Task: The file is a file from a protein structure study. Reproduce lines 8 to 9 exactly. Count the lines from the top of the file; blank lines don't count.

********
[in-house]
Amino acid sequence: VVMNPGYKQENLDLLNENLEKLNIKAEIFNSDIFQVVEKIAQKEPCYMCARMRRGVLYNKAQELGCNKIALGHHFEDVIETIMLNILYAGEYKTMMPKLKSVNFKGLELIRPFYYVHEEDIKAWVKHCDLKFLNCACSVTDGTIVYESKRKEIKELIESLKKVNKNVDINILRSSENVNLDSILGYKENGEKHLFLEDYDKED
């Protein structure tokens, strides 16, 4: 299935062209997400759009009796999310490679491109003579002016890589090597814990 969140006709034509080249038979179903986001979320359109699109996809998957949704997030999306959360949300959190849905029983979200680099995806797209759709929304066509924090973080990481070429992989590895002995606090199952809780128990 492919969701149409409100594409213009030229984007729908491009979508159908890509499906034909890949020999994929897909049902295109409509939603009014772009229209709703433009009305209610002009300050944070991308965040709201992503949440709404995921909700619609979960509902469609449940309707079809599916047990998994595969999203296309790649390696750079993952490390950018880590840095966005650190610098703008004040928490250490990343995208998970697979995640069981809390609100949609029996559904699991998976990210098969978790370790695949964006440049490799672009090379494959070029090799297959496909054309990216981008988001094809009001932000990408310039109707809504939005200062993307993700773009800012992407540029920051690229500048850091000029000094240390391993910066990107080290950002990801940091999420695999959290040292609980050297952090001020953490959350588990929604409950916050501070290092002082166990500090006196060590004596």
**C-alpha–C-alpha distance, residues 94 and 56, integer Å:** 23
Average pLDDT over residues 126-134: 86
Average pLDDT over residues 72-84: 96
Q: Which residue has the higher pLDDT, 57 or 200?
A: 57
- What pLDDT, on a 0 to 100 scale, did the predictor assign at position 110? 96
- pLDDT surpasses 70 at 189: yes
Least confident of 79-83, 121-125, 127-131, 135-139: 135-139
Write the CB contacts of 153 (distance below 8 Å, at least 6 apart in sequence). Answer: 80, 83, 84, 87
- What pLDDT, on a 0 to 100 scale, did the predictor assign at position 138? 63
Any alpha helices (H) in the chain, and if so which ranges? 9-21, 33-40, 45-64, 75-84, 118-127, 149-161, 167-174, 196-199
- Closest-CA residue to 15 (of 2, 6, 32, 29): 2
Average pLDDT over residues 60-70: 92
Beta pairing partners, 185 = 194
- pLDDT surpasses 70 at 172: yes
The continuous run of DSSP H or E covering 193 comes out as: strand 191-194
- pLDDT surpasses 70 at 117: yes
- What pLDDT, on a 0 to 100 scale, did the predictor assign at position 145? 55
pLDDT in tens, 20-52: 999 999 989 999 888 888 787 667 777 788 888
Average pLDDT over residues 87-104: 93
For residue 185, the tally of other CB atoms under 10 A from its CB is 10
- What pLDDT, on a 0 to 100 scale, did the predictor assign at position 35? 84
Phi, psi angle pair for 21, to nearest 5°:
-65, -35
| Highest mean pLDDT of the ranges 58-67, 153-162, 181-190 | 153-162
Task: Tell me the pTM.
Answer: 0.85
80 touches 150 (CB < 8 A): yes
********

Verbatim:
A: 57
- What pLDDT, on a 0 to 100 scale, did the predictor assign at position 110? 96